The longest wait

When I first met Andrea, he struck me as one of those people who are always happy, and even when they aren’t, they don’t like to burden you with their issues. We were working at a restaurant, and I can gladly say I learnt a lot from him. Seeing it was an Italian restaurant, his thick accent, combined with a smile from ear to ear, made him an instant favourite among customers. But there is more to this lovely gentleman, as I would come to understand, than meets the eye.

Andrea first arrived in Australia in 2009, with a working holiday visa. He came with a young heart that was thriving for a new adventure, and when in that same year he met the love of his life, a lovely Chilean woman by the name of Karola, that’s exactly what he found. She was here with a student visa. Both of them have had a multitude of visas in Australia over the years, from Working Holidays, to Student visas, with a few tourist ones in the middle.

The twist in the plot happens in 2013, with the fruit of their love resulting in Karola’s pregnancy. It came as a surprise to me to learn that even though the child was conceived in Australia, the couple wouldn’t be covered by Medicare, so off to Italy they shipped the lovely pregnant Chilean. Every time I visit their house in Fremantle, it warms my heart to play with young Dante as it reminds me of my young sisters back home.

A year went past, and now with a new member in the family to make things more difficult, Andrea applied for a sponsorship (457 visa) at that same restaurant I met him in. When I asked him what went wrong, he told me that the immigration agent mixed things up, and that when they finally got the papers in order, the restaurant was filling for bankruptcy.

The interesting thing to note in this case is how much this family has invested so far. All these migration agents cost thousands of dollars, and clearly some of them aren’t doing their job properly. With a kid to raise, the couple not only has to worry about their visa situation, but also their studies (to keep their visas going), their jobs, seeing that young Dante pays the double in childcare that an Australian child would, and every other single factor that a normal family struggles with.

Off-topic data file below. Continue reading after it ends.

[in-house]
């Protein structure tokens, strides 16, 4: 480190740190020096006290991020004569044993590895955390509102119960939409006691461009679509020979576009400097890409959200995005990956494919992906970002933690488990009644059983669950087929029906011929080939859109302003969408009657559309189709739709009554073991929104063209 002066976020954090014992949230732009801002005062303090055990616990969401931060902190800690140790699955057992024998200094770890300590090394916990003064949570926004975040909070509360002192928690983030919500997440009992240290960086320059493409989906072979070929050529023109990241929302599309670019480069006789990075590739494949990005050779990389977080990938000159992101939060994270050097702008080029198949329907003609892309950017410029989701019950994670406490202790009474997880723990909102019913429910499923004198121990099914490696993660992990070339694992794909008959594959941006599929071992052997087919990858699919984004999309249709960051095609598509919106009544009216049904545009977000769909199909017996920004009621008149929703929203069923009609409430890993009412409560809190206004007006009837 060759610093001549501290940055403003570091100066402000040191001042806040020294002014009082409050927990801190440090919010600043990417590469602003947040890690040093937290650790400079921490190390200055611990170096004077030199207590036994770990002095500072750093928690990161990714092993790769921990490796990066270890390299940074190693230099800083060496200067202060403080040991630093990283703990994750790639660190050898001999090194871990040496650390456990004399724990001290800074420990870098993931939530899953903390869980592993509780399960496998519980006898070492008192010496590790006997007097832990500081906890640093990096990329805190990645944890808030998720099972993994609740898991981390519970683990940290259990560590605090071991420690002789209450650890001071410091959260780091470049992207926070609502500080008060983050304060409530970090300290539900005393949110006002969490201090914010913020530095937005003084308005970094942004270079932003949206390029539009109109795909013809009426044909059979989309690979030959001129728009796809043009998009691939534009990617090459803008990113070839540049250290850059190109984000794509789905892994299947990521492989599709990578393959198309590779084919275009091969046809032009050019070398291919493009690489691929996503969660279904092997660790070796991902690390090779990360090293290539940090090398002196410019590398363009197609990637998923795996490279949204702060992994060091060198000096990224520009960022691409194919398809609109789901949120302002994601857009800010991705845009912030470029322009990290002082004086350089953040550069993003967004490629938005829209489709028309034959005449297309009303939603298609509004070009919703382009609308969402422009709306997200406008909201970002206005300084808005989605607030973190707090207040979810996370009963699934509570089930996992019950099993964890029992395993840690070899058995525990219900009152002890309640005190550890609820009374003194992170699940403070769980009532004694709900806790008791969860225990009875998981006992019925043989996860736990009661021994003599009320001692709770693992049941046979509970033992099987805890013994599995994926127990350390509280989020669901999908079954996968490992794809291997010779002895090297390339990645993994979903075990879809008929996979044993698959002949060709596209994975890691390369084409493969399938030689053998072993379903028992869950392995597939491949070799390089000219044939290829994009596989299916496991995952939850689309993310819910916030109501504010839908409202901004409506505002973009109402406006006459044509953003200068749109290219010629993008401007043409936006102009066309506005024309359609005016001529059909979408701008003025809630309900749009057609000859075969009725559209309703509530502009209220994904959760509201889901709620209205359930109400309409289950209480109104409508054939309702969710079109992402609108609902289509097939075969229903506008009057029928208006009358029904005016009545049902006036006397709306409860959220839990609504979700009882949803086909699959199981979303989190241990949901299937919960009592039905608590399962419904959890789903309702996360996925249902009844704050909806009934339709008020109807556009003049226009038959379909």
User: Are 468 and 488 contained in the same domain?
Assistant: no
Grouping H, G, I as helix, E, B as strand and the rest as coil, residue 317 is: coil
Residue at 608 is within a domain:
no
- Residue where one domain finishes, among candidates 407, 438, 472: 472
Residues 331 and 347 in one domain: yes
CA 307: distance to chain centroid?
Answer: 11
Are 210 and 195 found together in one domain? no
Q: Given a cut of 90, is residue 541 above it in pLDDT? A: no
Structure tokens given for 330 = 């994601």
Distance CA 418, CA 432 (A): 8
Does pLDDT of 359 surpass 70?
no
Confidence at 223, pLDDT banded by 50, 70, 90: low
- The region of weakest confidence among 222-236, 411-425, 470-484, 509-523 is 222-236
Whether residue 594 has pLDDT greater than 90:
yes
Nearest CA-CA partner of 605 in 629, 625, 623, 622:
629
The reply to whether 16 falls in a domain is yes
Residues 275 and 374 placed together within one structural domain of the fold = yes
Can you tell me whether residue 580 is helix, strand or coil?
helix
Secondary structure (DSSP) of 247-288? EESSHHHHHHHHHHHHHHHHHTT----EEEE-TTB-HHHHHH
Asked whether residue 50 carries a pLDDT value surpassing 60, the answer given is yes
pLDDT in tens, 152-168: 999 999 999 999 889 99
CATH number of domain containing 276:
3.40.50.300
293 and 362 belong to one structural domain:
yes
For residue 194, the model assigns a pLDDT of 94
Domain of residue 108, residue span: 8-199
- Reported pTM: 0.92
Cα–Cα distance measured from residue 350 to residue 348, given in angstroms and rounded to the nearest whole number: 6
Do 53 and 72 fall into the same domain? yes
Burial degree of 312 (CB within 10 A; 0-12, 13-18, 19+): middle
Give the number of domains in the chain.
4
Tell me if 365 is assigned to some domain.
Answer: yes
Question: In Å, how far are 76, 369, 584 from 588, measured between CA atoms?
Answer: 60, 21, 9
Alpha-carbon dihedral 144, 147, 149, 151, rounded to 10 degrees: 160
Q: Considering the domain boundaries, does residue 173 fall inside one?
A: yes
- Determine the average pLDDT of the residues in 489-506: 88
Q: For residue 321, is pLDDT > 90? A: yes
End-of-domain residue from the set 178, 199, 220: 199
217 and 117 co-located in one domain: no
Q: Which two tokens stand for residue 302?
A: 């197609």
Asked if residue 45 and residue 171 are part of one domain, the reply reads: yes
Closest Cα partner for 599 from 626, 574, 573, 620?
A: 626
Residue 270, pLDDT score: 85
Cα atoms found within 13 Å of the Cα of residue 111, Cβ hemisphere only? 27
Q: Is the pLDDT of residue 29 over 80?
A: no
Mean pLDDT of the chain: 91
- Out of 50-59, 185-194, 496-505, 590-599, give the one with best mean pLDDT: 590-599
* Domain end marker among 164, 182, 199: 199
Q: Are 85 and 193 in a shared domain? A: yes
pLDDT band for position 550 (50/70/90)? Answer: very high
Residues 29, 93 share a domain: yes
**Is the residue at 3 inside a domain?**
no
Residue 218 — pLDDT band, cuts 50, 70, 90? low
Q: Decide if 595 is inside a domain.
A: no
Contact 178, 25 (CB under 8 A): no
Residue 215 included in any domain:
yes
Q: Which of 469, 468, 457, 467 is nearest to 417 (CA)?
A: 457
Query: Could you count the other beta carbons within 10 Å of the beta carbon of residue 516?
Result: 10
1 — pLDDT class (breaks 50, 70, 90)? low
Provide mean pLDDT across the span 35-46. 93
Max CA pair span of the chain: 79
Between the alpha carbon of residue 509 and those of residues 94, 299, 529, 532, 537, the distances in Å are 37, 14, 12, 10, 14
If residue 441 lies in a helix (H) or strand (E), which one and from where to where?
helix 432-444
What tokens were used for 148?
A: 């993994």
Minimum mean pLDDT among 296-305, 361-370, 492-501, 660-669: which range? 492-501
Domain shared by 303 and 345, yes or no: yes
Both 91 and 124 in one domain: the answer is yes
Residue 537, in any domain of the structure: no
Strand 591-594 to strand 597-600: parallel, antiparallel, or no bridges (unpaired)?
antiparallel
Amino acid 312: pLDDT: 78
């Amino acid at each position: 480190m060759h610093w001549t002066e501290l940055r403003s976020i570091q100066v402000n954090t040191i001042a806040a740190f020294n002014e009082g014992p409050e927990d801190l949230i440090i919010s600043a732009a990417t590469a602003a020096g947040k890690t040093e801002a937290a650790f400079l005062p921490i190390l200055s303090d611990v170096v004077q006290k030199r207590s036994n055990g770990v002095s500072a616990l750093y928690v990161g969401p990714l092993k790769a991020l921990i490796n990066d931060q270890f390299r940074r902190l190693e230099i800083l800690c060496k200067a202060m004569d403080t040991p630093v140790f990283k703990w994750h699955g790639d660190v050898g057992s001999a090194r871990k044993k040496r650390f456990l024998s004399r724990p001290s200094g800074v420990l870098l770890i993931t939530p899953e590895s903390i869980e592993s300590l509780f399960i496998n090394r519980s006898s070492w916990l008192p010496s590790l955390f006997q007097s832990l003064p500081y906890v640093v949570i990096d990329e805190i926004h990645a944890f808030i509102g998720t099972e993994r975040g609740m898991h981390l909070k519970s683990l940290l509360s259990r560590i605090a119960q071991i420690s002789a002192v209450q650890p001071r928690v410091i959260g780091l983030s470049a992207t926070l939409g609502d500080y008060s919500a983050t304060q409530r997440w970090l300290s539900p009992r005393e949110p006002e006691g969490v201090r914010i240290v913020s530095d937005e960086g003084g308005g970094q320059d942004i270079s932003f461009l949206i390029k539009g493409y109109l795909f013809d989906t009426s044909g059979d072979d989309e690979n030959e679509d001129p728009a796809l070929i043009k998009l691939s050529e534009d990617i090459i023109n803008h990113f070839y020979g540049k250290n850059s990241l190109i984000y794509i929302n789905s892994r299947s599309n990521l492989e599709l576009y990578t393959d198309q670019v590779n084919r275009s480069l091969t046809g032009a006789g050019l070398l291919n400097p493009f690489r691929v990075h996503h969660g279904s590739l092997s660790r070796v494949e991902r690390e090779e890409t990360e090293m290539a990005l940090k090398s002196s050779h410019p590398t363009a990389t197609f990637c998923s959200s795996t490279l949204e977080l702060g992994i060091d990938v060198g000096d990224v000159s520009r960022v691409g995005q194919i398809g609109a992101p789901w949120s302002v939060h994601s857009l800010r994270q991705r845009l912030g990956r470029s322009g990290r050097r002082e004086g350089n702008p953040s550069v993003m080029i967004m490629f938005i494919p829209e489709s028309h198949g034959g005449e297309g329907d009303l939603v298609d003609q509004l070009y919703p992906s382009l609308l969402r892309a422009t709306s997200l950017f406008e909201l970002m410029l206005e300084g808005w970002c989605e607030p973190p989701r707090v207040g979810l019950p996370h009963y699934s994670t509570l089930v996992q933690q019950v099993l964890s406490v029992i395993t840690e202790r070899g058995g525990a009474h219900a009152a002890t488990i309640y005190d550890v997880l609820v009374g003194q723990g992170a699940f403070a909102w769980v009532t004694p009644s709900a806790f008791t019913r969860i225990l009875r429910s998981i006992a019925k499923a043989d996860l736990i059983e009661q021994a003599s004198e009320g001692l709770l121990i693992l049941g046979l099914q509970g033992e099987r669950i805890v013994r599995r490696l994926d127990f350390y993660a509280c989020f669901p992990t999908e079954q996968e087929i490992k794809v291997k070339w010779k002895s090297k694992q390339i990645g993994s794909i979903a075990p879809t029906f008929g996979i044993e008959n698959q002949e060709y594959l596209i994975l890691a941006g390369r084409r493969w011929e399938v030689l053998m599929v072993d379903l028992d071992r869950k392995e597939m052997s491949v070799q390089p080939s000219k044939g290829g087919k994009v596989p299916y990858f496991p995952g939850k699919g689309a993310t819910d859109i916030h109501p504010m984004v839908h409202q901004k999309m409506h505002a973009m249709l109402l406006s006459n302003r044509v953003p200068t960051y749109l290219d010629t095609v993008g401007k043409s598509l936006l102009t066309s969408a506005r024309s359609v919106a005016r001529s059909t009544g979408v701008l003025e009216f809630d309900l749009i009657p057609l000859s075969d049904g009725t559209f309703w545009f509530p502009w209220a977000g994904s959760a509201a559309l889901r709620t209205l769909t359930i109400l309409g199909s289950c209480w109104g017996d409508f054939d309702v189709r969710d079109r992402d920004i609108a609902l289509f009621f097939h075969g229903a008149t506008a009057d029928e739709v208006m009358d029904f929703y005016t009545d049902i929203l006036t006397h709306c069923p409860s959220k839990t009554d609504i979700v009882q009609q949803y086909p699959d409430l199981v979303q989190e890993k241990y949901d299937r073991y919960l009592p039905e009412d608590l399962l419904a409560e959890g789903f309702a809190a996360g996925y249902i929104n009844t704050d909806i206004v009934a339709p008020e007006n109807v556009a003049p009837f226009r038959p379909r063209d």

To make it all worse, when the family tried once again to get their permanent residencies through a different venue with new 457’s, several changes came into legislation, bringing their process to a halt. To put it broadly, 457 was the most common visa for skilled overseas employees, and is currently in the process of being abolished by the federal government led by Malcolm Turnbull. I have heard arguments in defence of this move that went something like ‘(…) migrants are stealing jobs from Australian people’. But to be honest, what Australian wants to work in an Italian restaurant? And who better than a true Italian to do that for you?

The sad truth is that this is an undergoing process that brings uncertainty to thousands of migrants. When asking Kate Jeong, 457 visa holder, about her situation, she claimed: ‘It worries me to the death that the recent changes in the 457 have left so many like me wondering what “grandfathering arrangement” they are YET to reveal!’. Another sad example is the Lee family, who after 9 years in Australia were facing deportation to South Korea after poor legal advice and an immigration agent robbing them for more than 100 thousand dollars.

Back to Andrea and his beautiful family, they have now decided to try their luck in Tasmania, this time with a 187 Regional visa. They are indeed, despite everything, very happy, and can’t wait to embrace this new challenge that Tassie gifts them with.

Writing all this, I feel blessed to say I have my permanent residency sorted. But believe it or not, it feels more and more like a curse, seeing that literally dozens of good friends of mine had to set sail, either to remote parts of this great country or back to their homelands. Is this really the way that Australia wants to pave its future? At the end of the day, aren’t we all migrants here, apart from the rightful owners of the land? And how many ‘true-blue ozzies’ would pass the IELTS and citizenship tests all us migrants are required to do? That, I will leave it up to you to decide.

 

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